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Coronavirus: Wuhan virus death toll overtakes SARS #coronavirus #wuhan #china #emergency #epidemic #SARS

Coronavirus Alert

Both illnesses are types of coronavirus which are thought to be genetically close.

More people have been killed by the new coronavirus than the 2003 SARS outbreak, according to latest figures.

A total of 805 people have died from 2019-nCoV, dubbed the Wuhan virus, compared to 774 killed by SARS.

Both are types of coronavirus which originated in China and virologists say they are genetically close.

The majority of deaths from the Wuhan coronavirus outbreak are concentrated in mainland China, although there has been one death in the Philippines and another in Hong Kong.

The first victim to be officially identified was 34-year-old doctor Li Wenliang, who died on Friday after testing positive for the virus, Chinese state media said.

Dr Li had been one of the first to warn about the new virus but was punished by authorities for “rumour-mongering”.

He became ill after treating a patient with the virus at Wuhan Central Hospital.

Although the number of deaths from the Wuhan virus now outnumber SARS deaths, the fatality rate is lower for the Wuhan virus.

The fatality rate for SARS was 9.6%, while around 2% of those who contracted the Wuhan virus have died.

Courtesy of Sky News

Deaths in Saudi Arabia From MERS Virus Climb to 385

MERS Virus Alert

Saudi Arabia’s Health Ministry says two more people have died after contracting Middle East Respiratory Syndrome or MERS, pushing the total number of deaths from the virus in the kingdom to 385.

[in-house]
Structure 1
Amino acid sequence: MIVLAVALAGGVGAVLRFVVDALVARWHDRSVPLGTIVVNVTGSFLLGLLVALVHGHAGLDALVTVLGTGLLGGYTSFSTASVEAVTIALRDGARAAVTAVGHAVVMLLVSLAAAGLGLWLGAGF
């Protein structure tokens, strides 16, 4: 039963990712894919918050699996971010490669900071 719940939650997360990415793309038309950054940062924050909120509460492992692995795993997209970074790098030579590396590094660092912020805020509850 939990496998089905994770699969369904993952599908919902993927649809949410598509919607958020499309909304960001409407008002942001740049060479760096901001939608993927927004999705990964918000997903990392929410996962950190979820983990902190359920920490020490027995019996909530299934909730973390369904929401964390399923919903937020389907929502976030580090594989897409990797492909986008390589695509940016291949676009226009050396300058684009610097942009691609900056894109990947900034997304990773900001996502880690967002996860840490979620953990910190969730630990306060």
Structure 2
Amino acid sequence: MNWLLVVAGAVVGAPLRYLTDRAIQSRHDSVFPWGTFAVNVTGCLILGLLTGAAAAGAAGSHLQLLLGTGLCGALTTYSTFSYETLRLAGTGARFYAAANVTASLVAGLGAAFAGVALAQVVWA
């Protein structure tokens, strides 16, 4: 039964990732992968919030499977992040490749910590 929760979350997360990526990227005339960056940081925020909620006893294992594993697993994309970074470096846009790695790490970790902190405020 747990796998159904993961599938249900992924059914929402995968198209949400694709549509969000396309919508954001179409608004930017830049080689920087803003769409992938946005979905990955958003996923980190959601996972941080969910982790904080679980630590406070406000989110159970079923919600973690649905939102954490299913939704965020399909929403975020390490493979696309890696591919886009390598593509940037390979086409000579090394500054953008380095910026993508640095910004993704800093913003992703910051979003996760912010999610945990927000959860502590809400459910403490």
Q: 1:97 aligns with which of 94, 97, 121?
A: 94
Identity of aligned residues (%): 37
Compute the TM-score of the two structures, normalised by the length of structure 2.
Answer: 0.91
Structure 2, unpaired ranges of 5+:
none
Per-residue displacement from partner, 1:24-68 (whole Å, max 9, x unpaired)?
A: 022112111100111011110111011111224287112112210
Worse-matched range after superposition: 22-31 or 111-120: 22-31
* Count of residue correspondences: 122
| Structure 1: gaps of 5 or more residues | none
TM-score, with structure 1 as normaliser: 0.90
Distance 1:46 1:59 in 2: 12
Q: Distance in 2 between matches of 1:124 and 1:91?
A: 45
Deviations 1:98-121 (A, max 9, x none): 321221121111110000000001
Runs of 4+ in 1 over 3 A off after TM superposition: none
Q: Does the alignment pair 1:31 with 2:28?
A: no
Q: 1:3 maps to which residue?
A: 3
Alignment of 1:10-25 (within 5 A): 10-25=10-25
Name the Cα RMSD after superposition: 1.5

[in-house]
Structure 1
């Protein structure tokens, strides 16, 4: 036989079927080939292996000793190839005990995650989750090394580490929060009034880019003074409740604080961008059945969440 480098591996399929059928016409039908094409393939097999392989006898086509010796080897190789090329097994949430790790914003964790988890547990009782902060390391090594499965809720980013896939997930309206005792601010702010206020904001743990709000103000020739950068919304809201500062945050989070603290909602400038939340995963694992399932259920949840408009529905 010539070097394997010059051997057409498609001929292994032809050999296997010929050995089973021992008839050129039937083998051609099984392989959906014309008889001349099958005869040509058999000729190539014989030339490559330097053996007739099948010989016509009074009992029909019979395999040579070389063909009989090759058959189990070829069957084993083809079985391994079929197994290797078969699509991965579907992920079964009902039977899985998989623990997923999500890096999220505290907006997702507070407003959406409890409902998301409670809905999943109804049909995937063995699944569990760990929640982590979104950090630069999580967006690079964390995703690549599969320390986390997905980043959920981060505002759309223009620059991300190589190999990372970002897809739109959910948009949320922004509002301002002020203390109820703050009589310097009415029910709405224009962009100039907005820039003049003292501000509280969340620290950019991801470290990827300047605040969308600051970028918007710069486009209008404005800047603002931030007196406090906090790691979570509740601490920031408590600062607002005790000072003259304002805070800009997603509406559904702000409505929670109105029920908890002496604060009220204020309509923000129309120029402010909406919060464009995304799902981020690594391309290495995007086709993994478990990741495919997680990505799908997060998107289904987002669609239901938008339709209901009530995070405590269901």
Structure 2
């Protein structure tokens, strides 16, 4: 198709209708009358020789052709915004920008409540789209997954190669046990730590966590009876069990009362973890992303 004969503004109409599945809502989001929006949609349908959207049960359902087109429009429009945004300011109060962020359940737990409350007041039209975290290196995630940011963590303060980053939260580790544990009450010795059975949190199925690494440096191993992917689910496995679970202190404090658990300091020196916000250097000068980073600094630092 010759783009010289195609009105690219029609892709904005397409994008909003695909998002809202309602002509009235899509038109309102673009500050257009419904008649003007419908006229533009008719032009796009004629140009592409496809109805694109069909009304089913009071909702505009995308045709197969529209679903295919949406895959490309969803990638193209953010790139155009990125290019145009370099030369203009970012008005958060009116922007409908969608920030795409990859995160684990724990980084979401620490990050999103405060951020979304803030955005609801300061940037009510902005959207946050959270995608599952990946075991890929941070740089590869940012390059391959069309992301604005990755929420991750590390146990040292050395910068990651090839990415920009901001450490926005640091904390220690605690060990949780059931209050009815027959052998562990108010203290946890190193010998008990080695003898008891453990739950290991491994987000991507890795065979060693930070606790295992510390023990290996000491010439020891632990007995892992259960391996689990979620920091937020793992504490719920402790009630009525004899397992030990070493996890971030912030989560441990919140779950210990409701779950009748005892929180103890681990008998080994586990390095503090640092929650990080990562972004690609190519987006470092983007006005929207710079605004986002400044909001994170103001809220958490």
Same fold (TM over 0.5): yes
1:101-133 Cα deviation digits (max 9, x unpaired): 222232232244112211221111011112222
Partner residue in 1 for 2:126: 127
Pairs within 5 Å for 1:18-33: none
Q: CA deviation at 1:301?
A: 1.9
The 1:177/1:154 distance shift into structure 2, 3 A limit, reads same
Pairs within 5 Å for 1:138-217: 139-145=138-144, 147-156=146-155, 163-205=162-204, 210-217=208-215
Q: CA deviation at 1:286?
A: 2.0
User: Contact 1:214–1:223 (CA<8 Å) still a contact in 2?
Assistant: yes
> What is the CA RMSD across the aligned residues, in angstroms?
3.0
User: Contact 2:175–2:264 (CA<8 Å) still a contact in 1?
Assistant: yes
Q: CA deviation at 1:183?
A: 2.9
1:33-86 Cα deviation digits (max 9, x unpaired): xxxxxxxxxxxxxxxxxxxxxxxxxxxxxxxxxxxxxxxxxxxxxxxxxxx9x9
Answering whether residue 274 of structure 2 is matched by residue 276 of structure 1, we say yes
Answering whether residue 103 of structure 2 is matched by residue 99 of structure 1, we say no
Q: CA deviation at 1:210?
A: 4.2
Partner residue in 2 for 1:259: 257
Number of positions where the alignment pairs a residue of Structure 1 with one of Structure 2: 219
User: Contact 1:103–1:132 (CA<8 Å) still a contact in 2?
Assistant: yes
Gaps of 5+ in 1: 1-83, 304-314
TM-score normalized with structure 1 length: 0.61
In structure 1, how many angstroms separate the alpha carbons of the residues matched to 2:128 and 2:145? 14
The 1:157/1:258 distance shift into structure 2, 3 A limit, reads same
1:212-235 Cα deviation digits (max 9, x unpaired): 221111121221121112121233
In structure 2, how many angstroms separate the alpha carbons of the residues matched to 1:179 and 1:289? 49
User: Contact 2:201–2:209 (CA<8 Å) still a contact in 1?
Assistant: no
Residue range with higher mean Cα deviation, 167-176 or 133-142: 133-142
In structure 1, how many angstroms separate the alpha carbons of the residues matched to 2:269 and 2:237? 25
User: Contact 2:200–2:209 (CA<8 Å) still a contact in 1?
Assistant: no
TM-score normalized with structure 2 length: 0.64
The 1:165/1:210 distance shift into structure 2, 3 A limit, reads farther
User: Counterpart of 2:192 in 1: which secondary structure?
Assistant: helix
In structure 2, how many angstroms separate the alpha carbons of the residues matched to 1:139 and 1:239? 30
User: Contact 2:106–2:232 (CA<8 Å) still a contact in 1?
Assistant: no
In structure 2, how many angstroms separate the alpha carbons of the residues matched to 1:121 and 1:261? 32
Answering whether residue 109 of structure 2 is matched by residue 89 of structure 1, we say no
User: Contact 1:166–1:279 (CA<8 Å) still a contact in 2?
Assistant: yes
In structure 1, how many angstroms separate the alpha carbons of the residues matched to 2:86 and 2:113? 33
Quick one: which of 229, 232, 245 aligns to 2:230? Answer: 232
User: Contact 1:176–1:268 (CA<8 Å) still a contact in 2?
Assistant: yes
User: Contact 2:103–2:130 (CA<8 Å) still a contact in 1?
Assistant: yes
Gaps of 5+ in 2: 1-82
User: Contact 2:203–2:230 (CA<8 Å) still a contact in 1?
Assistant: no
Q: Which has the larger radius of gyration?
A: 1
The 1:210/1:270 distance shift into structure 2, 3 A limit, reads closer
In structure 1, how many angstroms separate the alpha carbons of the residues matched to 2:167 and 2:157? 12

The ministry’s statement on Saturday says that 902 cases of MERS have been discovered in Saudi Arabia since the virus was first identified in 2012, though 490 people who contracted it have recovered.
Some 57 people have contracted MERS in the kingdom since the start of February.
The virus has affected people in other parts of the world, but has mostly remained centered in Saudi Arabia. MERS belongs to a family of viruses known as corona viruses that include both the common cold and SARS, or severe acute respiratory syndrome.
Courtesy of ABC News

SARS-Like Virus Discovered in Egypt

SARS-Like Virus Discovered in Egypt
The first case of the SARS-like novel coronavirus was discovered in Egypt according to state television.

The patient, who is now in a hospital in the capital city, Cairo, had arrived recently in the country from Saudi Arabia, RT reported.

92 people have died of Middle East Respiratory Syndrome (MERS) in Saudi Arabia, the country’s Health Ministry said on its website Friday.

The virus, which can cause coughing, fever and pneumonia has a higher than 40 percent death rate among confirmed cases.

2,300 tubes containing SARS virus samples missing in France


A major French biomedical research body, the Pasteur Institute, have launched an investigation into the disappearance of some 2,300 test tubes containing samples of the SARS virus. The loss was discovered during an inventory.